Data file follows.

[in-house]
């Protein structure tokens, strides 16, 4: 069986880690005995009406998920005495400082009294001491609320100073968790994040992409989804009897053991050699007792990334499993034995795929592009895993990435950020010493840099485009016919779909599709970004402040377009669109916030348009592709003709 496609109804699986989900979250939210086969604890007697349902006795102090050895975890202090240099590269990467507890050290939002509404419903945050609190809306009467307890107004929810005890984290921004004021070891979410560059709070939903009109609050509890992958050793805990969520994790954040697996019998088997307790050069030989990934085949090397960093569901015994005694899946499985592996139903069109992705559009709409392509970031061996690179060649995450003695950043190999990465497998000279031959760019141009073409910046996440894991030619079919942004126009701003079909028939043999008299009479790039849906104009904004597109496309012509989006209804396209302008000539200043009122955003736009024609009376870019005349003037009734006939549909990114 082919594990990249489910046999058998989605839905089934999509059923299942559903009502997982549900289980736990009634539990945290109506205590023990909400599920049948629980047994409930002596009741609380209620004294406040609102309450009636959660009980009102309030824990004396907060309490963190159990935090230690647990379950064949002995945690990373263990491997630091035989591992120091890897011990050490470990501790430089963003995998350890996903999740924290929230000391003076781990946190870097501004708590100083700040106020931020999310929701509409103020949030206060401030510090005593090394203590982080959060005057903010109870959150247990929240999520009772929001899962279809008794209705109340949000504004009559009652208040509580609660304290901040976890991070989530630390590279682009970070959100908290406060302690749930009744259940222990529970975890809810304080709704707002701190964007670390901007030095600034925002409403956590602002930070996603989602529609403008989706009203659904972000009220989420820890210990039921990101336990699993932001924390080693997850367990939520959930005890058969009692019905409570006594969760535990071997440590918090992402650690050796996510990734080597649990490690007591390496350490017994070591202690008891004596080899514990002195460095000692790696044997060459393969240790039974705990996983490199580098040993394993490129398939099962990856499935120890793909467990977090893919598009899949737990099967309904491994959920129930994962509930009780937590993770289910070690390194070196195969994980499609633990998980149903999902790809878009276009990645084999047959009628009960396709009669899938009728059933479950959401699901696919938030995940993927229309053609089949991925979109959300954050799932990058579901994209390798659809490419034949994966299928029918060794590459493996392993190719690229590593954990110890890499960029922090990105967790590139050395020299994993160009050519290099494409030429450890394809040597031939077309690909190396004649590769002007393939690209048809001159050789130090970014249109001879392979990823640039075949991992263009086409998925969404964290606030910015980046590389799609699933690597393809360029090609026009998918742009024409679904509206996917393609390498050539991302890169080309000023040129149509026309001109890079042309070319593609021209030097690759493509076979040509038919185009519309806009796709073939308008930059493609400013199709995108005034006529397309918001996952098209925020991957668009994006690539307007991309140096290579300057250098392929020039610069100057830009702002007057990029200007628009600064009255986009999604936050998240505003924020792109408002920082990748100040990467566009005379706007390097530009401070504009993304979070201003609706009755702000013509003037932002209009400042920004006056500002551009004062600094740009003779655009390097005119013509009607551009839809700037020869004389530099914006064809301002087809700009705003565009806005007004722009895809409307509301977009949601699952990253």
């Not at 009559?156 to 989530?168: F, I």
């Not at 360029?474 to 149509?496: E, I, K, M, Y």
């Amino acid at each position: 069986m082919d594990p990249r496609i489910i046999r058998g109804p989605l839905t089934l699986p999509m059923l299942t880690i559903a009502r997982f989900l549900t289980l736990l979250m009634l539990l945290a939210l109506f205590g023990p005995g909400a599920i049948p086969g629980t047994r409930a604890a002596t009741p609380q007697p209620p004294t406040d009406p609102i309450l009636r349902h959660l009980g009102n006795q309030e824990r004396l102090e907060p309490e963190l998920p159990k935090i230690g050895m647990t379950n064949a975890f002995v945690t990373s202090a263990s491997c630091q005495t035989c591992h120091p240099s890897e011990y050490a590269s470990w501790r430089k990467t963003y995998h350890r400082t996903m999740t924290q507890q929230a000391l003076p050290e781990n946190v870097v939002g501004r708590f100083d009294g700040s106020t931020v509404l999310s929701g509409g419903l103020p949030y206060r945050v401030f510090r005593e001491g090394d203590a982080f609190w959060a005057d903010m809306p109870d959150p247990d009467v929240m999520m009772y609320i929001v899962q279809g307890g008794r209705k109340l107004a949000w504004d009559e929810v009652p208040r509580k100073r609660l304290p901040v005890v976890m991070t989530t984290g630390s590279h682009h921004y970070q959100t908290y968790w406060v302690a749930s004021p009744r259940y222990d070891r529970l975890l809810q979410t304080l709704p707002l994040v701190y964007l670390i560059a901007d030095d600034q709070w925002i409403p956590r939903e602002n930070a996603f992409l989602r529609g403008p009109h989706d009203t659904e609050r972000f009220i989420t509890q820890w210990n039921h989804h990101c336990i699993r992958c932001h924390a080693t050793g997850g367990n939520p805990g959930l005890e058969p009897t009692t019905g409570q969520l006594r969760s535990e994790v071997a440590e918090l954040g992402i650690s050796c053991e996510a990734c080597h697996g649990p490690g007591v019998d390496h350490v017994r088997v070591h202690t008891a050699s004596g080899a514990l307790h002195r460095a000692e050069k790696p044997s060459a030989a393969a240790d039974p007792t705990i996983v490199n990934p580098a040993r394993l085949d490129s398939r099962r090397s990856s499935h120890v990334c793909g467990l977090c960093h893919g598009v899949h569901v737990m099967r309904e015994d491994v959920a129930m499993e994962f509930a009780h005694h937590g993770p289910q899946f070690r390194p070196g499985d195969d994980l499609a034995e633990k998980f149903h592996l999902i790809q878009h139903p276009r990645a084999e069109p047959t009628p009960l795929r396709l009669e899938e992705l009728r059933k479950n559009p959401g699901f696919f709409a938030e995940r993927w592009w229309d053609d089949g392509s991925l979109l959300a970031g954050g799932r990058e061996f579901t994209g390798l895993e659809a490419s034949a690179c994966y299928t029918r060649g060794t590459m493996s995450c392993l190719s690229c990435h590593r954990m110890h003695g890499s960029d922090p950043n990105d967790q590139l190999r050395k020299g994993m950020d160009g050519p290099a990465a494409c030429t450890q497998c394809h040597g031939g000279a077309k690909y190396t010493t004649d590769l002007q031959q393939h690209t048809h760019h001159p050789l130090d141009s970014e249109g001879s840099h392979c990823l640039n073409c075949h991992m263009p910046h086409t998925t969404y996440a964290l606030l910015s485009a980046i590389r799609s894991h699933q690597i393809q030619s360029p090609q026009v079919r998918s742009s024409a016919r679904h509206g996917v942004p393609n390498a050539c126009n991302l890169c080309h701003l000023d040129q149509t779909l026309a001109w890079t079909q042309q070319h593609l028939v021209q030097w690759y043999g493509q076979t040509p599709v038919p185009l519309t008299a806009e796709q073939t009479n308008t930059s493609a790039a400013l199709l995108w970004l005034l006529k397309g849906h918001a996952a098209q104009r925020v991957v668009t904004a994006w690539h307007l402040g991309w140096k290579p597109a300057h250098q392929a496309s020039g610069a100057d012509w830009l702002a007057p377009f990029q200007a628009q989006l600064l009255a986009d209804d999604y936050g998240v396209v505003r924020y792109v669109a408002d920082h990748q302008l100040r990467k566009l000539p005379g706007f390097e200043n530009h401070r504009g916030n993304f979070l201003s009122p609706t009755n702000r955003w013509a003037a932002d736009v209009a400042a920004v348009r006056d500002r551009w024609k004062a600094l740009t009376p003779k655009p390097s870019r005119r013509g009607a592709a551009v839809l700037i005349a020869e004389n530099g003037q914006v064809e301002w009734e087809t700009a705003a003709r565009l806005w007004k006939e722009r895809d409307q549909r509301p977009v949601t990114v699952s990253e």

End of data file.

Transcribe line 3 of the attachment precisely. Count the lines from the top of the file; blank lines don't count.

């Not at 009559?156 to 989530?168: F, I």